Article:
Perhaps Washington really does not want a war with North Korea at this juncture given the political repercussions. The impact of such a conflagration would be catastrophic. The population of North Korea is about 25 million. Would Trump’s vow of «fire and fury» be prepared to inflict such devastation? The capital of South Korea, Seoul, has alone a population of 25 million, located near the Demilitarized Zone with North Korea. If the latter were to open up its extensive artillery batteries, let alone fire a nuclear missile, the death toll would be colossal. Politically, the US would not be able to sustain such horrific responsibility.
That brings us to the question of why Trump appears to be stoking the crisis with North Korea, if war is not the objective.
Associated Press reported over the weekend that «despite the bluster in public» the Trump administration «has been quietly engaged in backchannel diplomatic communications with North Korea over the last several months». Officially, the two countries do not have diplomatic ties, but they have over the decades since the Korean War (1950-53) used the UN mission in New York as a secret contact point. AP reported that the Obama administration had negligible communications with the North Koreans, but that «the contacts quickly restarted after Trump’s inauguration».
This raises the suspicion that Trump’s testosterone-charged sparring with Kim Jung-un is a show. Sure, it is a reckless show, given that a miscalculation or stray word could be misconstrued and lead to a military attack, precipitating a wider war involving a catastrophic nuclear exchange. But if the Trump administration has been holding backchannel communications with Pyongyang, as the AP report indicates, then what is the sudden blow-up in antagonistic rhetoric really about?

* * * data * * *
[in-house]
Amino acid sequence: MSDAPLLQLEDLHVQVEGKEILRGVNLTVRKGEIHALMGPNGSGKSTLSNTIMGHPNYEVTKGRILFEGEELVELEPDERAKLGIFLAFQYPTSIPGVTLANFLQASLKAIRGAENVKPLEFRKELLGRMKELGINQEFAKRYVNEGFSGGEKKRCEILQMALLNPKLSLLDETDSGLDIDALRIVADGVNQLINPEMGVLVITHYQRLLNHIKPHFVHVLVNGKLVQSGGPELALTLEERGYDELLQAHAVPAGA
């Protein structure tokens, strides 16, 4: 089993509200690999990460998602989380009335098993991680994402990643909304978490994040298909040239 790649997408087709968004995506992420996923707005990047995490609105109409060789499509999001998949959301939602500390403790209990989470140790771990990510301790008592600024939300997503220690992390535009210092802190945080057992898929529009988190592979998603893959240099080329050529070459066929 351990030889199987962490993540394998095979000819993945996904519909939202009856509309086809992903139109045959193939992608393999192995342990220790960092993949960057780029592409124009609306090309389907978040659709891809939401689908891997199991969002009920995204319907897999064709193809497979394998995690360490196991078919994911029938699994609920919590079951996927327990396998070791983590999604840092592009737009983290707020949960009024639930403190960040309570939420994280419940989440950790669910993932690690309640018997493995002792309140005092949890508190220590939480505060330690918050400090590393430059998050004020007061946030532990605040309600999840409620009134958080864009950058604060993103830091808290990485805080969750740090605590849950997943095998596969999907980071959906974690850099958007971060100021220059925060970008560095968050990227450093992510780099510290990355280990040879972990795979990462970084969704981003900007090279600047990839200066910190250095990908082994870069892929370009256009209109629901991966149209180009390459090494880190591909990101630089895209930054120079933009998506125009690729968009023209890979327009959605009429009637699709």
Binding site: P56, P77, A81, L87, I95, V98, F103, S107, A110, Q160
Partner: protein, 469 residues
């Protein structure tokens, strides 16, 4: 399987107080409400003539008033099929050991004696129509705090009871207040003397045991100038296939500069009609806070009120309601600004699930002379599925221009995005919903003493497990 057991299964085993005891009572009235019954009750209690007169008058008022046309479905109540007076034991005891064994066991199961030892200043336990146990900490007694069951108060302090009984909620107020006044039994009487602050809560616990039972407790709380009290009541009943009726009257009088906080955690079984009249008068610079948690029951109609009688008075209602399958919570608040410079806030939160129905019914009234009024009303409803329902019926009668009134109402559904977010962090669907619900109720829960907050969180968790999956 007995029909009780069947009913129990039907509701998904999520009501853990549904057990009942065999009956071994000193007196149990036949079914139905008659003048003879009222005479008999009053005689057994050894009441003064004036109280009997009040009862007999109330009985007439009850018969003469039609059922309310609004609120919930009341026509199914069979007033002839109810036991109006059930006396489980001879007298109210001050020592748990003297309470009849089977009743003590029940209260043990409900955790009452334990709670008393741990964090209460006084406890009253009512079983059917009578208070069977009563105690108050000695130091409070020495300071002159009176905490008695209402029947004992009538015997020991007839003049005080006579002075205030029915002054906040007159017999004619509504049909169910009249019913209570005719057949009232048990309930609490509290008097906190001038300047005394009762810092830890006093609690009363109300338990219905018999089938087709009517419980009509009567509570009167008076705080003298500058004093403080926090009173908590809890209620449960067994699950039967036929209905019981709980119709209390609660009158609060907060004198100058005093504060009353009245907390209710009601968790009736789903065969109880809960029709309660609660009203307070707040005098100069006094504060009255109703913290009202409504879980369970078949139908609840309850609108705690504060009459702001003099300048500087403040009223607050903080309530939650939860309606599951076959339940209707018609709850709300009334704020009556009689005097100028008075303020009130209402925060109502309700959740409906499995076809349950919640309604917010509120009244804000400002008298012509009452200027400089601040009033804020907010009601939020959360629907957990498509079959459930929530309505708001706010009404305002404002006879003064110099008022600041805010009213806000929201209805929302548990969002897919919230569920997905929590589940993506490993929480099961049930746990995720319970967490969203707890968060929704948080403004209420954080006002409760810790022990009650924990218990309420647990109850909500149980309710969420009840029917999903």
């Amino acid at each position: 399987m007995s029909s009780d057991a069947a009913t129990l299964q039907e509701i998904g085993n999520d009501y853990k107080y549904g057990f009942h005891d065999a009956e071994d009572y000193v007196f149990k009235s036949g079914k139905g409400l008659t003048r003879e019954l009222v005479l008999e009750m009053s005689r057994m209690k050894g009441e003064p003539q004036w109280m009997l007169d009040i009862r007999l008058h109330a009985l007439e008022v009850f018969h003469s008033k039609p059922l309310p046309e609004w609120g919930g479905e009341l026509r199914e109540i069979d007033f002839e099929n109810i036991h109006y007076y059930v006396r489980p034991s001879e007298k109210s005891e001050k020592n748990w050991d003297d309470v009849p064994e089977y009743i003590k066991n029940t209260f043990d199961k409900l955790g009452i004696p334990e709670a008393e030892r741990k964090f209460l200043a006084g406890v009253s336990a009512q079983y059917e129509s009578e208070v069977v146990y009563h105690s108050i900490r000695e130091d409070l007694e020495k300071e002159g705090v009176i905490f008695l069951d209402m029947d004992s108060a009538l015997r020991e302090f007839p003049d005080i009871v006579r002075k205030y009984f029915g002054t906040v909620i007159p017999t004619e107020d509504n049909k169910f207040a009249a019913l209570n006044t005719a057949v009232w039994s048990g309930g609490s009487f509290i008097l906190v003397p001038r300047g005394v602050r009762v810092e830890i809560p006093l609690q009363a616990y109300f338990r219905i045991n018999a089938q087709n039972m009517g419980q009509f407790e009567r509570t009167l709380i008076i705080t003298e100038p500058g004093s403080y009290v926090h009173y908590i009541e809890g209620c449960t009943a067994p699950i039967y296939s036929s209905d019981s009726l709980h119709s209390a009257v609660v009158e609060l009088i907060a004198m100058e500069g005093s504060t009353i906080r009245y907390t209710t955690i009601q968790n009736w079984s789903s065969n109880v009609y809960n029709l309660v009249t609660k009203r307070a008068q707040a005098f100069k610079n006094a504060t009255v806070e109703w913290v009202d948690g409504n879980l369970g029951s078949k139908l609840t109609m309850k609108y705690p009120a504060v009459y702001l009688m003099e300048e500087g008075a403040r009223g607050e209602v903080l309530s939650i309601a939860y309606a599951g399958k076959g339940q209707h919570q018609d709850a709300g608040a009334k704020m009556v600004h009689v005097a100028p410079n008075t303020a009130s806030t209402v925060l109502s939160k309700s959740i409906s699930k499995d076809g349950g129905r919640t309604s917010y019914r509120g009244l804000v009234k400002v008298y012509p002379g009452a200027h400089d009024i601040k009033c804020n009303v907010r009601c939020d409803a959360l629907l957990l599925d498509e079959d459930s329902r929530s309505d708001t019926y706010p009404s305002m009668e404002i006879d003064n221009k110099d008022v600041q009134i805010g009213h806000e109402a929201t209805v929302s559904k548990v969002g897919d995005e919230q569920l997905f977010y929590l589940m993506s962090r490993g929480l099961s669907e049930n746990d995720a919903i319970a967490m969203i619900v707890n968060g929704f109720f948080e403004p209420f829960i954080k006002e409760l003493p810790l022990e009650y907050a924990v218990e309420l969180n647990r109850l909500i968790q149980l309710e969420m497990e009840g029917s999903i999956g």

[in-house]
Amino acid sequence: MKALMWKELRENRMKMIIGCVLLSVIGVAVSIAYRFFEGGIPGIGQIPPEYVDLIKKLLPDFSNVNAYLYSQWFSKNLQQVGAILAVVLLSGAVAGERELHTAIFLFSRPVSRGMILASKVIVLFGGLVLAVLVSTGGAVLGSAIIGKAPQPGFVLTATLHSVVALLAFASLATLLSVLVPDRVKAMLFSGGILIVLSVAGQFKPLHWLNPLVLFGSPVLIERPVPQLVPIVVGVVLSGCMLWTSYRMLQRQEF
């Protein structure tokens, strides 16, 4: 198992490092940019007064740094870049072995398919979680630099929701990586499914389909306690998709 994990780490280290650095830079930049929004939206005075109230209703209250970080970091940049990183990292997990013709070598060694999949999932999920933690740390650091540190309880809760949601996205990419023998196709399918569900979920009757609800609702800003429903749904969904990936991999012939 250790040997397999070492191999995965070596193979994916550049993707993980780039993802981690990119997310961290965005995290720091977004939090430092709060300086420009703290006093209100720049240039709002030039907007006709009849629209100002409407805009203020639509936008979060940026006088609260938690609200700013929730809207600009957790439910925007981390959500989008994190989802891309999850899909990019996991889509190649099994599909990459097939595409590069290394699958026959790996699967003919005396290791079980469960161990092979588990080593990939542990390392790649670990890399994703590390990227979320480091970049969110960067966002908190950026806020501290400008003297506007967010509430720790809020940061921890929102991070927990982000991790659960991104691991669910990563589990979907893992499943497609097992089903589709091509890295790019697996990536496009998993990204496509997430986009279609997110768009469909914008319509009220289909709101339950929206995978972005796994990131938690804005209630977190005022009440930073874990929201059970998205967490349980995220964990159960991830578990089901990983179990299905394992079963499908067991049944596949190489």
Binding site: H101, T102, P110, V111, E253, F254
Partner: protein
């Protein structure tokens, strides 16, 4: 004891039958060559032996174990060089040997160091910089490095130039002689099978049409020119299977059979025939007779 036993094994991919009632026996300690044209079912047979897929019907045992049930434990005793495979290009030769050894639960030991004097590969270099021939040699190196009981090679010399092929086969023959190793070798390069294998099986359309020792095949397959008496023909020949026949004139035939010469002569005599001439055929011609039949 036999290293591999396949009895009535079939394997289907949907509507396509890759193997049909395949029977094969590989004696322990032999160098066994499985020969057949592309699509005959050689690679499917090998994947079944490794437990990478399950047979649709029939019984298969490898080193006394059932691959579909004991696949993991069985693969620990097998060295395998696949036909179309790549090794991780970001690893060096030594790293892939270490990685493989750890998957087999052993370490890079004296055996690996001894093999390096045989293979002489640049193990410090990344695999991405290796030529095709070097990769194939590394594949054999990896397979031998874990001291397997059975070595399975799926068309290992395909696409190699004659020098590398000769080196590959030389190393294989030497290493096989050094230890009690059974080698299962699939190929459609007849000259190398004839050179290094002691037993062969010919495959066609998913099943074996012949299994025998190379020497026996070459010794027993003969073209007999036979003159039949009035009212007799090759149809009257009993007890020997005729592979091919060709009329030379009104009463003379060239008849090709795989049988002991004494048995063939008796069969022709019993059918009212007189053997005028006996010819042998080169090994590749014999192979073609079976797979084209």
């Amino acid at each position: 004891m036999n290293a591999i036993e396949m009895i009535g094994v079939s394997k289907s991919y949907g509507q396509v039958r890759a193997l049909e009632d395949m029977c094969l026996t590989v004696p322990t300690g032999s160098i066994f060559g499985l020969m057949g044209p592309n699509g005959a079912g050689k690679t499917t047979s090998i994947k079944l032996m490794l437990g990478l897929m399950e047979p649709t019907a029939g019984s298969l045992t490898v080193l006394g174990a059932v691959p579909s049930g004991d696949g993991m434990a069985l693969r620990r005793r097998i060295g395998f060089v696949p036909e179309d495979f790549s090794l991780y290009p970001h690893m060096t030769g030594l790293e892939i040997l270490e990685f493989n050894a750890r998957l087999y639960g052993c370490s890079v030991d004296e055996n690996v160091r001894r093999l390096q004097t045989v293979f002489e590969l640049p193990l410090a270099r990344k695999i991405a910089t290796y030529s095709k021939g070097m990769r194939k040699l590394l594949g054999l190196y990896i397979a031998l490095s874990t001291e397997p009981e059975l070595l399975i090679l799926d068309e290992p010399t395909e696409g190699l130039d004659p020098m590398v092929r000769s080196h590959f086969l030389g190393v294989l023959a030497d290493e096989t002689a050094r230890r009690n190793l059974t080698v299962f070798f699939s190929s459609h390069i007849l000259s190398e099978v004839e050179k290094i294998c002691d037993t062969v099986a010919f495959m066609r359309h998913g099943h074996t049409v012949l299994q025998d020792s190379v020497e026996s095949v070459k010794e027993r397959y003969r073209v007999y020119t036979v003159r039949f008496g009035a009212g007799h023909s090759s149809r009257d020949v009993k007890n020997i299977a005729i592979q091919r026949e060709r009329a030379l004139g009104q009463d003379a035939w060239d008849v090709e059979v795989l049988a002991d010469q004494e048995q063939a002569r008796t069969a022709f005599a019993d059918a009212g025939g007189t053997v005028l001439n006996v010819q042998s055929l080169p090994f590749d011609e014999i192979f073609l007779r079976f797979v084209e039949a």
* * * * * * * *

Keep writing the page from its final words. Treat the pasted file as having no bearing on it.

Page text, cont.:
Trump’s transactional worldview is notorious. He sees everything through the lens of bottomline profit and being a «business winner».
The tycoon-turned-politician probably cares little about whether North Korea has nuclear weapons or not. After all, during his election campaign last year, Trump raised eyebrows when he suggested that Japan and South Korea should acquire their own nuclear arsenal in order to save America money.
What bothers Trump more than anything else is the crippling US trade deficit with China. Last year, the US-China trade imbalance stood at $350 billion in Beijing’s favor, according to the US Census Bureau. For comparison, the US had a deficit with the entire European Union of nearly $150 billion. The US economy has been in the red with the rest of the world since at least the late 1980s, when offshoring American jobs by US corporations became fashionable. The US total trade arrears – importing more than it exports – is around $740 billion, according to official figures. That is a measure of a very sick and poor American economy, which Trump has staked all his supposed business prowess on rectifying.
Blaming the deep, chronic structural problems of American capitalism on China’s «unfair trading» is a politically expedient rallying call for nationalist politicians like Trump. During his election campaign, Trump railed against China for «raping American workers». But the fact is that it is speculative capitalists like Trump who have got rich by offshoring American jobs to cheap-labor places like China over the past 30 years.
President Trump simply can’t overhaul the chronic trade deficit that the US has with China and the rest of the world. Because it is a structural problem inextricably rooted in the moribund state of American capitalism.
Politically, Trump can’t start a trade war with China – or anyone else like Germany and the EU – over mere economic issues. A gratuitous trade war would make Washington run afoul legally with the World Trade Organization. Unilateral American trade sanctions against rival economies looks like a «sore loser» not a «winner».
This is where the Korean crisis seems to be play into Trump’s economic game plan with China. By whipping up that crisis over alleged nuclear security concerns, Trump is trying to put China on the defensive over appearing to not do enough to rein in North Korea. By undermining China as a sponsor of «rogue state» North Korea, the Trump White House seems to be using that as moral authority for sanctioning China’s economy.
Those sanctions would otherwise be seen as American bullying, but if such moves are couched in rhetoric of «punishment» for not doing enough to secure the world against «North Korea’s nuclear madness» then the Trump administration can claim that it is acting «benevolently» on behalf of world security.
Bottom line for Trump is: Stoke North Korea crisis in order to sanction China’s economy – for the purpose of bailing out a failed American economy.
And, in doing so, Trump’s attitude seems to be «never mind the collateral damage of a possible nuclear war». Such is the risk-taking of a wheeler-dealer capitalist like Trump.